Operational or non-operational landfills Passed 4
Geology
Artificial None 5.1
Drift None 5.2
Bedrock Yes 5.3
Boreholes No 5.4
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Expert Assessment
Consultant's Overview and Guidance
From the information within this report we consider it possible that Ground Stability Issues
may affect the property.
The BGS have identified a low-moderate potential for shallow mining. This means that the
rocks underlying the area are of a type known to have been mined at shallow depth in some
parts of the UK, and that such working may be possible in your area. In these cases it is
recommended that you seek further advice from a Royal Institute Chartered Surveyor (RICS),
the local Building Control Officer, or by ordering a Geological Report from the BGS. It is also
recommended that you obtain a Coal Authority mining search, which will provide a
comprehensive search of former mining activity, including coal mining at deeper levels. For
further information regarding Tin Mining GroundSure recommends obtaining a Tin Mining
report. This can be ordered by contacting Mining Searches UK, Highburrow Lane, Wilson Way,
Pool Industrial Estate, Redruth, Cornwall. TR15 3RN Tel: 01209 218861
You may wish to check that any structural surveys performed on the property have taken the
potential for ground instability into consideration. If such factors have not been considered,
you may wish to contact the local Building Regulations Officer, Planning Department and if
recently constructed, the site developers. Newer developments may benefit from an NHBC
guarantee or other environmental warranty which often covers structural issues.
Unless suitable information is available confirming that suitable ground engineering techniques
have been used at the site, you may wish to seek further more detailed assessment of stability
and / or structural issues through a Chartered Surveyor or Chartered Engineer.
If you need any further assistance, please do not hesitate to contact our helpline on 08444
159000 quoting the above GroundSure reference number.
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Aerial Photograph
NW
▲
N NE
◄W E►
SW S
▼
Aerial photography supplied by Getmapping PLC.
© Copyright Getmapping PLC 2003. All Rights Reserved.
SE
Site Name: Specimen Address
Grid Reference: 123456,123456
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Detailed Findings
1. Ground Workings
NW
▲
N NE
◄W E►
SW S
▼
SE
Crown Copyright. All Rights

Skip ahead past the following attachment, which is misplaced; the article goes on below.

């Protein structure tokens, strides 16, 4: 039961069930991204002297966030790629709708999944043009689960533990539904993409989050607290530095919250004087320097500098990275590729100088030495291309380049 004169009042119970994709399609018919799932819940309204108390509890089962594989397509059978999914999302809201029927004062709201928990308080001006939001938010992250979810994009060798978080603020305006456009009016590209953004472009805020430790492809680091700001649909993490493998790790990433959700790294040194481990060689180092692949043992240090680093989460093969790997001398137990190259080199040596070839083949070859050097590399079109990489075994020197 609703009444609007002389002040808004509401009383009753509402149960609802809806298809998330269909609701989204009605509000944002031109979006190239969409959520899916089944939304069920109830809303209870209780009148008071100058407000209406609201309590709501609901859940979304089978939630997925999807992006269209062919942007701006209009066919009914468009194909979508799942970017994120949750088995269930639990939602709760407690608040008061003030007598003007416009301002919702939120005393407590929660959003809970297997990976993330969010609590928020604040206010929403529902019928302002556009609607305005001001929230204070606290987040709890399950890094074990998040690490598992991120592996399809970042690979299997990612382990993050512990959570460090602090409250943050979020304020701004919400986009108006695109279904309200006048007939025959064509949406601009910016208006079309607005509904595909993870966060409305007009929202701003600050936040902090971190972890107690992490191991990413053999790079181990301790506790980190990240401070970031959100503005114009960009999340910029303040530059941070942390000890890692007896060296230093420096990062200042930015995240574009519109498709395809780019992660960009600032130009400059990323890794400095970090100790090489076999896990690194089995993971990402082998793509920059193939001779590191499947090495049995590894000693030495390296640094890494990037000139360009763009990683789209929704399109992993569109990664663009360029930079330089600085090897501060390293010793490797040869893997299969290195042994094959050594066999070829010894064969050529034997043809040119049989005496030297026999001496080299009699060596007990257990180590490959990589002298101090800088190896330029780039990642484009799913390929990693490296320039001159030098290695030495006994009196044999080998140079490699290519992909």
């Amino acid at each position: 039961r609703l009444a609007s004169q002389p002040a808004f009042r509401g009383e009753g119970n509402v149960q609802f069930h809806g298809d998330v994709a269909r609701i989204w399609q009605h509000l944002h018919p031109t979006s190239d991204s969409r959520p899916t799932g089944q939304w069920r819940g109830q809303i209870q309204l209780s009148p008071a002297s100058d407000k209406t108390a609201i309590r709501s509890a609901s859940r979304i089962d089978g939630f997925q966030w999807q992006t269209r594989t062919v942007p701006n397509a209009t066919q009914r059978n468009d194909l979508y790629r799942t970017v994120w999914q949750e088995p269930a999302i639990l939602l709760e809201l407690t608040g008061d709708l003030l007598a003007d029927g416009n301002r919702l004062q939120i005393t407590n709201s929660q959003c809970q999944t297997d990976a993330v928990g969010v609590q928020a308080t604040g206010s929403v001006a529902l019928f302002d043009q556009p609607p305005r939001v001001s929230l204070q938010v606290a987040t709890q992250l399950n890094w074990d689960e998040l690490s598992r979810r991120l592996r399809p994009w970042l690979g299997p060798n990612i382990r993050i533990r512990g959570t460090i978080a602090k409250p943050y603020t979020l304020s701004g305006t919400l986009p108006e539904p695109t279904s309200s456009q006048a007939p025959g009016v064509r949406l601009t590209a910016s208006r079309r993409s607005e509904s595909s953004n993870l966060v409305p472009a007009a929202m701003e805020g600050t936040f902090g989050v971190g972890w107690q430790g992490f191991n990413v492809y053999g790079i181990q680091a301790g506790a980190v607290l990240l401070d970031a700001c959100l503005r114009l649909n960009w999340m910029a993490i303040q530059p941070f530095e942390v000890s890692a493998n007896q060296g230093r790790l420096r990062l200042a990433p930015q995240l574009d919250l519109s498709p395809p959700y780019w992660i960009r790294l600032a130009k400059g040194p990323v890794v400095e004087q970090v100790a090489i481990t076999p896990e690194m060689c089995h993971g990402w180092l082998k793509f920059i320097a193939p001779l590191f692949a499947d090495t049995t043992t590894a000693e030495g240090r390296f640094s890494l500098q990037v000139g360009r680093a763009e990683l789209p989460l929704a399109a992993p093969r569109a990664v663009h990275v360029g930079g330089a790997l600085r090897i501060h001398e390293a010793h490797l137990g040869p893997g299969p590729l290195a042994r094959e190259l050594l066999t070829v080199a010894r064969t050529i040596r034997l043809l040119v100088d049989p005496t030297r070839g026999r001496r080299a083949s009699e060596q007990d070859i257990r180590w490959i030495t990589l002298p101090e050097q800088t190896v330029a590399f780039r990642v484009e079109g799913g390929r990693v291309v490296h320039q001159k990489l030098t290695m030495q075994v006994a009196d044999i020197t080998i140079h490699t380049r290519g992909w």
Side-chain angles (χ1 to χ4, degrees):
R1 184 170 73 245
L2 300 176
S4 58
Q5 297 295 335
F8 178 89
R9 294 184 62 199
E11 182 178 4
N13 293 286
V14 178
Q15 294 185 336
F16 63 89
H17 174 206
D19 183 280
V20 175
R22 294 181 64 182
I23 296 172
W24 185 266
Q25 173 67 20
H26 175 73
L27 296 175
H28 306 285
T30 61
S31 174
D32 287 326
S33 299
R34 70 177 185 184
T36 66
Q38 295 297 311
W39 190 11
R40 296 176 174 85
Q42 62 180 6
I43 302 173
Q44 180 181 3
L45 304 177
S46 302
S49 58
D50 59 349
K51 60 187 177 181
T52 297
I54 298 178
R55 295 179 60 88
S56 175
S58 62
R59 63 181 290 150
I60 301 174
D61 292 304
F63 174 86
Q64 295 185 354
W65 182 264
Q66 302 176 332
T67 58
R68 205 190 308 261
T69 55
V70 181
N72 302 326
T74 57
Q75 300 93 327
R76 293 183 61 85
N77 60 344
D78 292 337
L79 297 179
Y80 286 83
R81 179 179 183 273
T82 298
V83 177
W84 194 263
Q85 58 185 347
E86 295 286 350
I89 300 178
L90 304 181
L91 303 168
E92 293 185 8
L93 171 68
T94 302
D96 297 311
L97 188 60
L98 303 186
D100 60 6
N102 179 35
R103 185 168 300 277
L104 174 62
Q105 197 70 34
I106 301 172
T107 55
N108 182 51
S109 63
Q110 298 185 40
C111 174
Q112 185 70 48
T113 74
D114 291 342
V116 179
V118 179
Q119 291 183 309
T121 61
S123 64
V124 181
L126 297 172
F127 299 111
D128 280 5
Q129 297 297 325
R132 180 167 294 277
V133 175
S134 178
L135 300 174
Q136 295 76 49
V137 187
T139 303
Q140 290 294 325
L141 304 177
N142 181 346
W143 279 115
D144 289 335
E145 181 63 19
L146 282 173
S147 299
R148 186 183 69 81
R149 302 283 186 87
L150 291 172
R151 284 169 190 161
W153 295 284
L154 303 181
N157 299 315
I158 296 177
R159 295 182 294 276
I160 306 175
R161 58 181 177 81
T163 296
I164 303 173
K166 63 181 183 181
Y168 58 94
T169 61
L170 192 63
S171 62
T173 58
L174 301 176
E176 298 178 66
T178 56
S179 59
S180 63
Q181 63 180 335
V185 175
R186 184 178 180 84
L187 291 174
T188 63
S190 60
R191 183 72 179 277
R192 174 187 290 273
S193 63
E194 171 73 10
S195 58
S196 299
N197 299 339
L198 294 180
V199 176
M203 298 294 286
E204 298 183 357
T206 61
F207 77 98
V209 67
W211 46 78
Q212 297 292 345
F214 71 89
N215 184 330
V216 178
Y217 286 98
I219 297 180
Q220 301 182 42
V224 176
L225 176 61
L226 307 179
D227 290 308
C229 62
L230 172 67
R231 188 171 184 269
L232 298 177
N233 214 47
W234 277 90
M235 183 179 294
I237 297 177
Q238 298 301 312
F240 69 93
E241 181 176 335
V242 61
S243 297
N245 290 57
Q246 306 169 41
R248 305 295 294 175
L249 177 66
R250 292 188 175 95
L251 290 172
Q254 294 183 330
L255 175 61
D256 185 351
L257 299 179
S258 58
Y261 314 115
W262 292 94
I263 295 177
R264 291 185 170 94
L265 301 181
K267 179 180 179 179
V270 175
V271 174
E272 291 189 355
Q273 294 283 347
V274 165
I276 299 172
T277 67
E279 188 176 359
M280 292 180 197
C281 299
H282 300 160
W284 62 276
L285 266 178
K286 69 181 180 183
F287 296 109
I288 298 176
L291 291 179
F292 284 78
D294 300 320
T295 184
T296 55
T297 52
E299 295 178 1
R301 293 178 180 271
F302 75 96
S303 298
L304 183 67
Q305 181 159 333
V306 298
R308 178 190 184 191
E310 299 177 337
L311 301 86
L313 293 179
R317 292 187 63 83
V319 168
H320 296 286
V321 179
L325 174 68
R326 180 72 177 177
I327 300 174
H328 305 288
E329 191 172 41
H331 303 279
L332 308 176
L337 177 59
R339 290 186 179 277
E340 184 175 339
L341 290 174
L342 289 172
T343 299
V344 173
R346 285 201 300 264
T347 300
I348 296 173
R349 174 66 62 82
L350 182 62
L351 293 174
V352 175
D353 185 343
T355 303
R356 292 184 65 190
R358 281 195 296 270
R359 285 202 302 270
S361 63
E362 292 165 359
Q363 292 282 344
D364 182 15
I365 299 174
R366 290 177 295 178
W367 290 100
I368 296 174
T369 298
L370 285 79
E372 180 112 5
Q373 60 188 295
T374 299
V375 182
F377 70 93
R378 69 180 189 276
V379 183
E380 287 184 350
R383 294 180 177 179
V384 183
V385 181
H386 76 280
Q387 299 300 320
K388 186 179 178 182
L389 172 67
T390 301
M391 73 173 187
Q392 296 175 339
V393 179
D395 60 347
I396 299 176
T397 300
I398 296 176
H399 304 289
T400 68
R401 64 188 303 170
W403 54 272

Reserved
Licence Number: 100035207
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1. Ground Workings
1.1 Historical Surface Ground Working Features derived from the Historical
Mapping
This data set is derived from GroundSure's unique Historical Map Land Use Database
Are there any Historical Surface Ground Working Features within 250m of the study site boundary? Yes
Risk Assessment In Need of Further Assessment
Guidance: The study site has been identified as lying in proximity to areas potentially affected by surface ground workings.
Areas that have undergone ground workings may cause ground instability problems such as subsidence, surface collapses,
mass movement and landslides etc, depending on the nature of the workings and / or backfilling.
The following Historical Surface Ground Working Features derived from the Historical Mapping information is provided
by GroundSure:
ID Distance (m) Direction Use Date
2A 4.0 SE Refuse Heap 1958
3A 4.0 S Refuse Heap 1906
4A 4.0 S Unspecified Heap 1879
5 52.0 NE Cuttings 1879
6B 85.0 E Refuse Heap 1906
7B 85.0 E Unspecified Heap 1879
8B 87.0 E Unspecified Heap 1976
9B 87.0 E Unspecified Heap 1990
10B 90.0 E Refuse Heap 1958
11I 112.0 NW Disused Tin and Copper 1906
12C 112.0 N Cuttings 1906
13C 115.0 N Cuttings 1958
14D 120.0 SW Refuse Heap 1958
15D 123.0 SW Unspecified Heap 1879
16D 123.0 SW Refuse Heap 1906
17 139.0 E Unspecified Ground Workings 1879
18E 144.0 W Cemetery 1990
19E 144.0 W Cemetery 1976
20 155.0 NW Unspecified Heap 1879
21F 162.0 NW Refuse Heap 1906
22F 162.0 NW Unspecified Heap 1879
23G 165.0 NW Refuse Heap 1906
24G 165.0 NW Refuse Heap 1958
25H 172.0 NE Unspecified Heap 1879
26H 172.0 NE Refuse Heap 1906
27 176.0 NE Refuse Heap 1958
28J 245.0 NW Disused Tin and Copper 1879
1.2 Historical Underground Workings Features from Detailed Mapping
This data set is derived from GroundSure's unique Historical Map Land Use Database
Are there any Historical Underground Working Features within 250m of the study site boundary? Yes
Risk Assessment In Need of Further Assessment
Guidance: The study site has been identified as lying in proximity to areas affected by underground workings. Areas that
have undergone underground workings may cause ground instability problems such as subsidence, surface collapses, mass
movement and landslides etc, depending on the nature of the workings and / or backfilling.
The following Historical Underground Working Features from Detailed Mapping information is provided by
GroundSure:
Distance (m) Direction Use Date
17.0 S Unspecified Old Shaft 1906
17.0 S Unspecified Shafts 1879
18.0 SE Unspecified Old Shaft 1958
94.0 E Unspecified Shaft 1879
112.0 NW Disused Tin and Copper 1906
132.0 SW Unspecified Old Shaft 1958
134.0 SW Unspecified Old Shaft 1906